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Sex molestation and copycat indictments

It used to be that when I was sitting over at the Justice Center, waiting around for a pretrial in a criminal case, and I'd hear the bailiff say disparagingly about a criminal defense lawyer, "Oh, he never shows up until eleven," I'd think, thank goodness I don't have a reputation for that sort of thing.  Then the other day I realized:  those lawyers are the smart ones.  In the vast majority of cases any more, there's nothing you're going to get done at nine or ten that you couldn't get done at eleven, and in most cases you're not going to get anything done until eleven anyway, so why bother showing up before then?

There's been extensive talk about how to get Cuyahoga County's court system to work better, and that's all it's been:  talk.

We all know that there are too many bullshit drug cases and that the prosecutor's office is largely dysfunctional and that while there are a goodly number of hardworking judges, there are a goodly number who aren't.  We just don't do anything about it.  Last year I tried a civil case in Cuyahoga County which involved six witnesses.  It took seven days.  I also tried a civil case in Lake County which involved six witnesses, and it took a day and a half.  It's kind of sad when you're happy to travel outside the county for a trial because you know it'll take much less time.

Anyway, while I spent three hours each on two consecutive mornings over in court last week waiting for something -- anything -- to happen in two separate criminal cases last week, I did get some stuff accomplished, mainly reading a few recent cases from the 8th District.  I'd mentioned one in the Case Update on Tuesday, but it deserves a bit more extended treatment.

The case is State v. Ogle, a child sexual molestation case involving what's known in the trade as "copycat indictments":  identically-worded counts, in this case alleging kidnapping (4 counts), gross sexual imposition (10 counts), and rape (3 counts), all occurring within a period stretching over seven years.  Ogle wound up being convicted of two counts of GSI and one count of kidnapping; the jury acquitted him of the other eights counts of GSI, three of kidnapping, and two of rape, and hung on the other rape count.  Ogle filed a motion to dismiss the hung count on double jeopardy grands, which the trial court denied.  The case then went up to the court of appeals.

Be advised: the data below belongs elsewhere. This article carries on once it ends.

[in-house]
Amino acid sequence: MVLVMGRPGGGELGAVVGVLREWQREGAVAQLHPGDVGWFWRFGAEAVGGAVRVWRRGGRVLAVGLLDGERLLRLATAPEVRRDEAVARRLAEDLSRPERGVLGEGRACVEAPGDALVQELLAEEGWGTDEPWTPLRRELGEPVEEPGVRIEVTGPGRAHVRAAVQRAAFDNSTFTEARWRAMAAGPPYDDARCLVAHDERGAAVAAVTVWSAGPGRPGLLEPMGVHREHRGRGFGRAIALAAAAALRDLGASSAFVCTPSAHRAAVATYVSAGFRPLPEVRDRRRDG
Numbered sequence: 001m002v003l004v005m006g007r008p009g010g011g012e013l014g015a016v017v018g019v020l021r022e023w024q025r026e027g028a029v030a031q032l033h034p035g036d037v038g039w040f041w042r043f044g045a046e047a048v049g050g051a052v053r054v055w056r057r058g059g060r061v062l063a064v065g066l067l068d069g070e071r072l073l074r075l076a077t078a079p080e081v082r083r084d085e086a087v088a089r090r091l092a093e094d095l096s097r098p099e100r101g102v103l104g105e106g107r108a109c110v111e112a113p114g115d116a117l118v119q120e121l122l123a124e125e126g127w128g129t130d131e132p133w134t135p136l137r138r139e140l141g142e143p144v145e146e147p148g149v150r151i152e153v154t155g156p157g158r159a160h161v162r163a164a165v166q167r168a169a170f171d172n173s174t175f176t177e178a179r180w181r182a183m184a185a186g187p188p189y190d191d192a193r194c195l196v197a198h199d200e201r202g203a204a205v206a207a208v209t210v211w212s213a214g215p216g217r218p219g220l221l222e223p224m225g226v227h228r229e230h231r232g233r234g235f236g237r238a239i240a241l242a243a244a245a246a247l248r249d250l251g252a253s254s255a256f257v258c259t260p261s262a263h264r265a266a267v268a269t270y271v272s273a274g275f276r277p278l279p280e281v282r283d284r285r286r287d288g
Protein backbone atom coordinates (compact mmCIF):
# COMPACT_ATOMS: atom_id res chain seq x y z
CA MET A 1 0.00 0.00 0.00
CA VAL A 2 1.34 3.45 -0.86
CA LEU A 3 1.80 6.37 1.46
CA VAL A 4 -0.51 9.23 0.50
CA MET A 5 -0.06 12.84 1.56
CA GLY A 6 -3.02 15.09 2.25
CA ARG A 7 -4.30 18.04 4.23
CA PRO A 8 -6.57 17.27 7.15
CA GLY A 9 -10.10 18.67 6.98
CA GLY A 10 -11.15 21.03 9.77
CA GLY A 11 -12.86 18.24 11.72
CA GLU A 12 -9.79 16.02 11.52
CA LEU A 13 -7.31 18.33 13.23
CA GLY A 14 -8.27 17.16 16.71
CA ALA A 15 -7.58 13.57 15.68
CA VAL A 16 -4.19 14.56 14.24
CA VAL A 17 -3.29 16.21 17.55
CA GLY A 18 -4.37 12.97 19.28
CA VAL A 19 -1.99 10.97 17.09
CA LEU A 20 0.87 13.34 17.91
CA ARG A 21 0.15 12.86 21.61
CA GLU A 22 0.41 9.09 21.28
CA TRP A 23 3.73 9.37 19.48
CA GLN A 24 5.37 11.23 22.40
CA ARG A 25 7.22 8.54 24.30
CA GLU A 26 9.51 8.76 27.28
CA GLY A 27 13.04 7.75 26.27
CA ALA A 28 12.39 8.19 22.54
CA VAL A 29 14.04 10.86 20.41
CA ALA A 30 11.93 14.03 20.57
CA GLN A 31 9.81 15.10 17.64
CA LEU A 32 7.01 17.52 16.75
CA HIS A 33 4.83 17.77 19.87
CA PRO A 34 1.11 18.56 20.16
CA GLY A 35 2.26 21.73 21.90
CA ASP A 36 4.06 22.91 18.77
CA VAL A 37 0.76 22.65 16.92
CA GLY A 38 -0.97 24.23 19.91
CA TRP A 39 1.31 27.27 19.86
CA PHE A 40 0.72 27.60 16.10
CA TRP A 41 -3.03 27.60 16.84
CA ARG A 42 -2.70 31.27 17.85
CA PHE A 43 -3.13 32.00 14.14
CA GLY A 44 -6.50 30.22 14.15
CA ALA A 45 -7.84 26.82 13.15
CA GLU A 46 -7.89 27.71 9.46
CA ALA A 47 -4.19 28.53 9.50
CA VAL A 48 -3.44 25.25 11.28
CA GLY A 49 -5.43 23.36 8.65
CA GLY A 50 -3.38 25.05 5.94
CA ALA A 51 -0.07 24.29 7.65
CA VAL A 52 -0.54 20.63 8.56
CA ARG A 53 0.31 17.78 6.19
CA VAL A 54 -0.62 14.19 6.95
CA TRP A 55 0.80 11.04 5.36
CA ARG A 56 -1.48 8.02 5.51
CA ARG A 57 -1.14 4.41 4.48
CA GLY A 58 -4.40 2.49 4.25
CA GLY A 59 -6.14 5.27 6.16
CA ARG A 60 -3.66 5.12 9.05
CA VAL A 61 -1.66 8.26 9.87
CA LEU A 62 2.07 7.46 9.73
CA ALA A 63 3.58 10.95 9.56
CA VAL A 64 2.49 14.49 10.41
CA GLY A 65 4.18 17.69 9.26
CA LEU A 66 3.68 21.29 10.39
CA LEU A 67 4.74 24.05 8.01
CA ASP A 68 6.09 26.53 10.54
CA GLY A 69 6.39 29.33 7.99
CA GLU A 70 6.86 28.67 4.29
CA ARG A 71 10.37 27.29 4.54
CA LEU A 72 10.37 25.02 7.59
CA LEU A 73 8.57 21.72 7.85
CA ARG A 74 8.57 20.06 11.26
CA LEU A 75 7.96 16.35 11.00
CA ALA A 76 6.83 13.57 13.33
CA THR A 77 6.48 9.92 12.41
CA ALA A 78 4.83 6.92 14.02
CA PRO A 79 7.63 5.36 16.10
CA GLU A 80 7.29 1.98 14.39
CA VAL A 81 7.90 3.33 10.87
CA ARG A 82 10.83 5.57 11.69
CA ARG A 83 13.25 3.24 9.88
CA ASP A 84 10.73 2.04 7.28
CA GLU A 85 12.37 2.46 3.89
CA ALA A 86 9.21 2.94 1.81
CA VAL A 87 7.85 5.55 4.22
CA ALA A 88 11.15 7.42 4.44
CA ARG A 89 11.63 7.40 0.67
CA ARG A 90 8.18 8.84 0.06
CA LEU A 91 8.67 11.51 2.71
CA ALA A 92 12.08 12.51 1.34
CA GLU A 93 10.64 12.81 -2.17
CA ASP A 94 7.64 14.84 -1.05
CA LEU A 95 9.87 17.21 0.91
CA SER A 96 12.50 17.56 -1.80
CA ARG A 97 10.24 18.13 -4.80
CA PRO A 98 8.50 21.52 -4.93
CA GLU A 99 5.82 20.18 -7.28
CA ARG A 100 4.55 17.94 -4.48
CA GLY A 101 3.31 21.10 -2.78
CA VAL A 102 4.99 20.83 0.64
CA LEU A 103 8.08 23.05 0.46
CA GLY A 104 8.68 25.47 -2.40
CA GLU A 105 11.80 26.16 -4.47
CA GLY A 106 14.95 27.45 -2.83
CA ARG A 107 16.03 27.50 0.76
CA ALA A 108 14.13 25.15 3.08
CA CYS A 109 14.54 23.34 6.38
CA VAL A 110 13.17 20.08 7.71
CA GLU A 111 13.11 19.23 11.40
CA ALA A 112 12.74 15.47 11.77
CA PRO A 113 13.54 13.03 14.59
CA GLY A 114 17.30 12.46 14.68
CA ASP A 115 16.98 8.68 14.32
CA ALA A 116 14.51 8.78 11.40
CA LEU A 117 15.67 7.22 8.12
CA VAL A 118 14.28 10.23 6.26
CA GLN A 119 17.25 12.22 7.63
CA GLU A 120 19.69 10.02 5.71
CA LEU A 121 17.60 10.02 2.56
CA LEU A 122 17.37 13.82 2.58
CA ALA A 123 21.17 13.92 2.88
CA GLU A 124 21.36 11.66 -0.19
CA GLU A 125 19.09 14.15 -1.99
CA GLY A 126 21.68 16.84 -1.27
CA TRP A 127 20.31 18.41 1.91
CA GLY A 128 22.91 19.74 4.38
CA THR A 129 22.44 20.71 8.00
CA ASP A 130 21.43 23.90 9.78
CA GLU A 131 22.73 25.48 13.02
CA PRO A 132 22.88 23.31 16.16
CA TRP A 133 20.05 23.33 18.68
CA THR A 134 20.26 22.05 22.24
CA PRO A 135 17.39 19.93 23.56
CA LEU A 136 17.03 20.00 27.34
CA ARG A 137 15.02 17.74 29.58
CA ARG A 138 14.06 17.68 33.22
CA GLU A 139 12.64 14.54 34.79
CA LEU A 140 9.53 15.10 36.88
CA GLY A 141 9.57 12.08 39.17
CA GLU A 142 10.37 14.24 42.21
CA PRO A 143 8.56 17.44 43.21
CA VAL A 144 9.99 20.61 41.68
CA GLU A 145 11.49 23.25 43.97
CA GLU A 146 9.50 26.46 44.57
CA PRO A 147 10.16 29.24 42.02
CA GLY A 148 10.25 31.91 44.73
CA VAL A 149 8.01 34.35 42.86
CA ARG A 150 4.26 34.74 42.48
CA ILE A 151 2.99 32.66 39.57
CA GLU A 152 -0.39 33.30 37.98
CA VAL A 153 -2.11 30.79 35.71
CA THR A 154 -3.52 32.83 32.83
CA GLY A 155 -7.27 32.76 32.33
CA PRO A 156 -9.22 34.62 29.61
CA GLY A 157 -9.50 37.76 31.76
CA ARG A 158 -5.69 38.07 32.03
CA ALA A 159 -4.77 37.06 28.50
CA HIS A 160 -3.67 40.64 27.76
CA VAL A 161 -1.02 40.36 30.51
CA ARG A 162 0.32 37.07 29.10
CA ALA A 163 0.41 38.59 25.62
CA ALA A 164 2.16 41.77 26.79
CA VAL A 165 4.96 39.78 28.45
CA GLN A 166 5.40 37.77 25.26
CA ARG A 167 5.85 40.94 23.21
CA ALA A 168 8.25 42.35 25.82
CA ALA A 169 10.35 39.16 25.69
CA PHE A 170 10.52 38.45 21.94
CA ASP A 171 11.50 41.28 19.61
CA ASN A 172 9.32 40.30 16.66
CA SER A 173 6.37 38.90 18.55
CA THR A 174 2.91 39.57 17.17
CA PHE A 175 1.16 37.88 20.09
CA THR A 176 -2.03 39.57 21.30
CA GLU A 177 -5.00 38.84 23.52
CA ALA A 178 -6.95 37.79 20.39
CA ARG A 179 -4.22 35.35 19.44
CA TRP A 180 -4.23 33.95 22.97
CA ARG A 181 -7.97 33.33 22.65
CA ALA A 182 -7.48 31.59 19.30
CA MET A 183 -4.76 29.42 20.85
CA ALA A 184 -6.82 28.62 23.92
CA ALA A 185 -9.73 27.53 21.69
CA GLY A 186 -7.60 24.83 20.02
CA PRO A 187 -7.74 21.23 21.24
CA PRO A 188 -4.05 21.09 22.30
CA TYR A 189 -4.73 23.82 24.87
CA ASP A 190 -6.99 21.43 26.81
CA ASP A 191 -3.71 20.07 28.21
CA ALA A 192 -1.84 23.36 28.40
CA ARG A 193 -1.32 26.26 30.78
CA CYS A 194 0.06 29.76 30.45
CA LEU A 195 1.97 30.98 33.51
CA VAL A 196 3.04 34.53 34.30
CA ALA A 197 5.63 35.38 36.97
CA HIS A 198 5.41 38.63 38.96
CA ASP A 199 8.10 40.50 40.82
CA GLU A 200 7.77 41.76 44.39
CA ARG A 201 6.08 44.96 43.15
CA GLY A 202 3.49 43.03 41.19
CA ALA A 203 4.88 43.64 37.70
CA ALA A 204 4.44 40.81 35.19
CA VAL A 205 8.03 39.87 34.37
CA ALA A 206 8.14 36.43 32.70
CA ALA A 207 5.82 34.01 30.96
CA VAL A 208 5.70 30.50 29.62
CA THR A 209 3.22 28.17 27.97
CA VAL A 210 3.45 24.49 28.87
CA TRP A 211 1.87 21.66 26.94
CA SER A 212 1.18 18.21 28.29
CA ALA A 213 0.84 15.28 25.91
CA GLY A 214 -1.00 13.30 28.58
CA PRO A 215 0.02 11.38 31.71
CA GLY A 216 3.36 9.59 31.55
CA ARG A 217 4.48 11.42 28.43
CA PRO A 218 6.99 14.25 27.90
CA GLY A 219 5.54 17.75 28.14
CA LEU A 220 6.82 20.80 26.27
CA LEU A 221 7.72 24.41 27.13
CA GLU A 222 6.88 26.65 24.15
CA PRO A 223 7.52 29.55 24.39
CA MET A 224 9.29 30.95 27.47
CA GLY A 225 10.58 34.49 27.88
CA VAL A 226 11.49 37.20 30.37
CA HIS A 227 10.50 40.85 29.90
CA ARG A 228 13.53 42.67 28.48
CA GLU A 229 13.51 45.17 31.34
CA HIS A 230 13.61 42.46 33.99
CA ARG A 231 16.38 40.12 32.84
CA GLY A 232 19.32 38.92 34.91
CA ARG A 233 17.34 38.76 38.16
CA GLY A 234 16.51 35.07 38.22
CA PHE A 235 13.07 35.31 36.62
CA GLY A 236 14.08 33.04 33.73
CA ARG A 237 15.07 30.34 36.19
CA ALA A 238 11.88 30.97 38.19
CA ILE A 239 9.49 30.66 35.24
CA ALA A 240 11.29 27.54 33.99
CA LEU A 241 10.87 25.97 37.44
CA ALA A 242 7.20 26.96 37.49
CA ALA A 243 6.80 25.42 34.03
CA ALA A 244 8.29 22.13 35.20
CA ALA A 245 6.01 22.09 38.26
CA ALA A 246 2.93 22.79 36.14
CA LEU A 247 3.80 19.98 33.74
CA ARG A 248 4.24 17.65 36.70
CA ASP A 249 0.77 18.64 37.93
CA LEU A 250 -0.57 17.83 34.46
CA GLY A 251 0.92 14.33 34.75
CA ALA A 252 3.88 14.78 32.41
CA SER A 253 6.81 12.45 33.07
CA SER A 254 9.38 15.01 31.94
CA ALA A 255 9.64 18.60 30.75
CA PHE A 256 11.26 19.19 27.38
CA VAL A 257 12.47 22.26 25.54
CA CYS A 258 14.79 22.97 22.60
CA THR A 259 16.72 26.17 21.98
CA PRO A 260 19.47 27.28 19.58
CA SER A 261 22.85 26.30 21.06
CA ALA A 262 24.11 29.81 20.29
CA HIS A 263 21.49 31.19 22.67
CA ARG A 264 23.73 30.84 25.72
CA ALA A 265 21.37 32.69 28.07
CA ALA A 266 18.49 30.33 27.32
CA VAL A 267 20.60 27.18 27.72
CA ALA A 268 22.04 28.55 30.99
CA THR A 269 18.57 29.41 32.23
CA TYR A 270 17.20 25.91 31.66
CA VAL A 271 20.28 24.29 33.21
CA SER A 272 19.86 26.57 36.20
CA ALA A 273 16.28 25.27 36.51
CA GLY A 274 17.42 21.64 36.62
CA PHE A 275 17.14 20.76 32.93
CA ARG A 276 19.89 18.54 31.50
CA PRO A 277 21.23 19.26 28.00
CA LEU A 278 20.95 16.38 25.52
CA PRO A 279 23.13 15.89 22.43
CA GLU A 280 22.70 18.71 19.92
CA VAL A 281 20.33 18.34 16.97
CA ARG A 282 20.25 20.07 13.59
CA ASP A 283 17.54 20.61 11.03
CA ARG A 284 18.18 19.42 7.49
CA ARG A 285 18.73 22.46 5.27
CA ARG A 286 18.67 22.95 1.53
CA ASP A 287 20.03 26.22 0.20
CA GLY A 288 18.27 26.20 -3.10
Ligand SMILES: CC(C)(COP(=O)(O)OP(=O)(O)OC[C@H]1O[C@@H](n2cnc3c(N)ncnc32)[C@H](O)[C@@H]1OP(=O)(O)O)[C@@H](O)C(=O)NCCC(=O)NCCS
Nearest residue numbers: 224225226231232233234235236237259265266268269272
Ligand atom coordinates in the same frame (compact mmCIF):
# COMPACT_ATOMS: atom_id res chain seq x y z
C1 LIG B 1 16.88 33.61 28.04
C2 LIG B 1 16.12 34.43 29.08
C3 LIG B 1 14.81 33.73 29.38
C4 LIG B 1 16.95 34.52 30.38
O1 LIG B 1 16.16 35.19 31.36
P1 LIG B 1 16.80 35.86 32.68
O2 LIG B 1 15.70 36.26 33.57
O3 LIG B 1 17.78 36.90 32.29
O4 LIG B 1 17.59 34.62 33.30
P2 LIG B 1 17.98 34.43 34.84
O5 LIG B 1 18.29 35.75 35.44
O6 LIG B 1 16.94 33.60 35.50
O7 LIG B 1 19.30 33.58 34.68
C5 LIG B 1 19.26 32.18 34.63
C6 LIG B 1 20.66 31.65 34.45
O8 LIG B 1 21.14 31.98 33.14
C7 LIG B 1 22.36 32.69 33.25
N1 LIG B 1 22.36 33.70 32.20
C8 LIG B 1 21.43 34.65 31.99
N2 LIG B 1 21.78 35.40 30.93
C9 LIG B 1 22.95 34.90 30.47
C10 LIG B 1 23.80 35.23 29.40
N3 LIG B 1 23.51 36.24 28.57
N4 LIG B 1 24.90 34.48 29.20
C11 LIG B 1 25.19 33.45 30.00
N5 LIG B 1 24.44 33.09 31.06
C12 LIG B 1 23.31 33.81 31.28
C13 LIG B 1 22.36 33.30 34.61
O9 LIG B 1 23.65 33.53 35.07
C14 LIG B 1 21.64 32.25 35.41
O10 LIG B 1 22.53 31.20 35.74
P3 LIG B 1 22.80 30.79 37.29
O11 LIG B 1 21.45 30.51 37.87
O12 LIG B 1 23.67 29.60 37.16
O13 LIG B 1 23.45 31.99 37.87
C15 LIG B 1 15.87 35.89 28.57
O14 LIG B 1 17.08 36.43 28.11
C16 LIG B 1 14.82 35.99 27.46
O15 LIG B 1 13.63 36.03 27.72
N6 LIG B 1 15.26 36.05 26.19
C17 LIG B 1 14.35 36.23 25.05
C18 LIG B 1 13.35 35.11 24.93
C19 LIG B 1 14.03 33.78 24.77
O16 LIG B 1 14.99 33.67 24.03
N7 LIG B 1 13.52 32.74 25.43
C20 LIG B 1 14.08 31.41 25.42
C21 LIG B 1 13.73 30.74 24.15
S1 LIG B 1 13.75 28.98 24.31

I'd mentioned last October that there's a dynamite 6th Circuit case on multiple indictments on sex offenses, Valentine v. Konteh, and that case played a large role in the outcome of Ogle.  In Valentine, the defendant had been indicted on twenty counts each of rape and felonious sexual penetration over a period of time.  The child victim described one event of abuse, and testified it happened "fifteen or twenty times."  The 6th Circuit noted that there were double jeopardy implications in all this:  it has to be clear what the defendant was convicted of, in case he gets charged with similar offenses arising out of the same conduct in the future.  What would preclude the child from remembering that there were actually 30 incidents of abuse, and the state indicted him on an additional ten counts?  How could anyone tell that he hadn't already been convicted of some or all of those incidents the first time around?

That was a particular problem in Ogle's case, because there was still the count out there that the jury had hung on.  Ogle argued that if he was retried on that count, there was no way to determine if that count was different from the ones for which he'd been acquitted.  The appellate court agreed:

In this case, the State indicted three carbon-copy rape counts. No part of the indictment, no amendment to the indictment, no bill of particulars, no jury instruction and no verdict forms exist to differentiate these counts one from the other such that a court in a second trial would be able to discern whether there had been a previous finding of not guilty as to the alleged act. It is, at this juncture of the proceedings, impossible to tell whether the rape counts that resulted in acquittal referred to the allegation of digital penetration, or the allegation of oral copulation. Retrial upon the mistried rape count, therefore, would constitute double jeopardy.

That took care of the hung count.  The court also determined that the trial the judge had erroneously excluded expert testimony on suggestibility of interrogation procedures in child abuse cases.  That meant the other convictions had to be reversed and retried.

Well, no they couldn't be retried, because the same problem would arise as did with the hung count:  since there was nothing to distinguish what Ogle had been acquitted for from the counts on which he'd been convicted, the same double jeopardy problem existed.  Thus, a retrial on those counts was prohibited as well.

Ogle obviously has some huge ramifications.  I think the court's analysis is right on the money, but here's the bigger question:  what if there hadn't been a hung count, and if the trial court hadn't committed error requiring reversal of the conviction?  Would double jeopardy have required vacating the convictions anyway?  Probably not; in Valentine, the court simply vacated all but one of the convictions on each offense.

One thing's clear, though; if the prosecutor's continue indicting copycat counts, and make no effort to distinguish them, they do so at their peril.


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